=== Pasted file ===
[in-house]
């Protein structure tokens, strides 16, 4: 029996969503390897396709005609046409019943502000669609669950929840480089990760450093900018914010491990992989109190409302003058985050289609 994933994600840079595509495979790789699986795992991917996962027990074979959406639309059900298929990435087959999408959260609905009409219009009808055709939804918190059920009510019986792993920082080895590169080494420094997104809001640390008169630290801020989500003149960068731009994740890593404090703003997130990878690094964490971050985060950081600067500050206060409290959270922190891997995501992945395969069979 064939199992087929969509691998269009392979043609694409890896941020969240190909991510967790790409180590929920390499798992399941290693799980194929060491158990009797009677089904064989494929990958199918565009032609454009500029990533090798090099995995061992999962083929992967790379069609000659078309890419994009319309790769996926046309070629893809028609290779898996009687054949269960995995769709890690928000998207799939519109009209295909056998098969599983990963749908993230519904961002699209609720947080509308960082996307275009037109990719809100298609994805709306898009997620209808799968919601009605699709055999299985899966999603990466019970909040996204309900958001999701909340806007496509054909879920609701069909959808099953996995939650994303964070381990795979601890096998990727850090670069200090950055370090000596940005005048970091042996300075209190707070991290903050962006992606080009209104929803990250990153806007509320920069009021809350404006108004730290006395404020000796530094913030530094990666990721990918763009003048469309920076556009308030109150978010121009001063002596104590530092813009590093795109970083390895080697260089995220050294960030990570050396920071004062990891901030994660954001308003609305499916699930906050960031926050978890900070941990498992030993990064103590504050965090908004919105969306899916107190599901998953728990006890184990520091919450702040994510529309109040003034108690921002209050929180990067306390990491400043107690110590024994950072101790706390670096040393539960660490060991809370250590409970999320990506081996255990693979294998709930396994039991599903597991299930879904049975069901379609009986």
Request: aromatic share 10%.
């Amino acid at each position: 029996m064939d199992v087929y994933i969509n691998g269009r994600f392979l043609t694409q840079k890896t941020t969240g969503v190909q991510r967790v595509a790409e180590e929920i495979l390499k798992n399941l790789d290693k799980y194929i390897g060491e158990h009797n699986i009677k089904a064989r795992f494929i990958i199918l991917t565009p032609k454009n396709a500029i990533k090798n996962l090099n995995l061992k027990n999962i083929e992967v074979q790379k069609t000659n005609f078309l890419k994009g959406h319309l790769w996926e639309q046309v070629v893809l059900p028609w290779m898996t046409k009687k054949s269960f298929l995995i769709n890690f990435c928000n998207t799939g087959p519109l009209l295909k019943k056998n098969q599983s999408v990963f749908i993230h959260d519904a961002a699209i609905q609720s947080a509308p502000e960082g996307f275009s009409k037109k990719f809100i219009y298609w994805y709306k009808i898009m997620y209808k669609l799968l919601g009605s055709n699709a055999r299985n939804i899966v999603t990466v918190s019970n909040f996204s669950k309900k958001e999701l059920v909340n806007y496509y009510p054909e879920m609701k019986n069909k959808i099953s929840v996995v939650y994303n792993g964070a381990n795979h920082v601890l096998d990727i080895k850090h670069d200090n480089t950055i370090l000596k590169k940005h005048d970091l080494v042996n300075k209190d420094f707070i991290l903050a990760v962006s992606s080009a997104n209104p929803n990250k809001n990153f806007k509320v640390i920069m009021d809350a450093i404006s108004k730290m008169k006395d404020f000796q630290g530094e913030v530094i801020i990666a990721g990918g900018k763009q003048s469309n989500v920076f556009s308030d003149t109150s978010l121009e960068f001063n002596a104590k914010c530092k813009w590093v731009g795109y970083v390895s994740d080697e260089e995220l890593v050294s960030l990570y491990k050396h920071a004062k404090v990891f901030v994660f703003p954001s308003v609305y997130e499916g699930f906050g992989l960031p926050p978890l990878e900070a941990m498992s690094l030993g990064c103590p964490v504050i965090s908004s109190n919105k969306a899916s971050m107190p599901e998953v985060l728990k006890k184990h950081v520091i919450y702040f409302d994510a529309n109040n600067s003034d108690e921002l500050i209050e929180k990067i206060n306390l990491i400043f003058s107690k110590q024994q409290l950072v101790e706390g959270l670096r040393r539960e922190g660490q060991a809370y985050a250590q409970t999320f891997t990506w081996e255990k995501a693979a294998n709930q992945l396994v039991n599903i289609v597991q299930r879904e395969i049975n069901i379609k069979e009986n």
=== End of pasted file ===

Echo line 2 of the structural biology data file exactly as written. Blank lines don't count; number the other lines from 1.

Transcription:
């Protein structure tokens, strides 16, 4: 029996969503390897396709005609046409019943502000669609669950929840480089990760450093900018914010491990992989109190409302003058985050289609 994933994600840079595509495979790789699986795992991917996962027990074979959406639309059900298929990435087959999408959260609905009409219009009808055709939804918190059920009510019986792993920082080895590169080494420094997104809001640390008169630290801020989500003149960068731009994740890593404090703003997130990878690094964490971050985060950081600067500050206060409290959270922190891997995501992945395969069979 064939199992087929969509691998269009392979043609694409890896941020969240190909991510967790790409180590929920390499798992399941290693799980194929060491158990009797009677089904064989494929990958199918565009032609454009500029990533090798090099995995061992999962083929992967790379069609000659078309890419994009319309790769996926046309070629893809028609290779898996009687054949269960995995769709890690928000998207799939519109009209295909056998098969599983990963749908993230519904961002699209609720947080509308960082996307275009037109990719809100298609994805709306898009997620209808799968919601009605699709055999299985899966999603990466019970909040996204309900958001999701909340806007496509054909879920609701069909959808099953996995939650994303964070381990795979601890096998990727850090670069200090950055370090000596940005005048970091042996300075209190707070991290903050962006992606080009209104929803990250990153806007509320920069009021809350404006108004730290006395404020000796530094913030530094990666990721990918763009003048469309920076556009308030109150978010121009001063002596104590530092813009590093795109970083390895080697260089995220050294960030990570050396920071004062990891901030994660954001308003609305499916699930906050960031926050978890900070941990498992030993990064103590504050965090908004919105969306899916107190599901998953728990006890184990520091919450702040994510529309109040003034108690921002209050929180990067306390990491400043107690110590024994950072101790706390670096040393539960660490060991809370250590409970999320990506081996255990693979294998709930396994039991599903597991299930879904049975069901379609009986």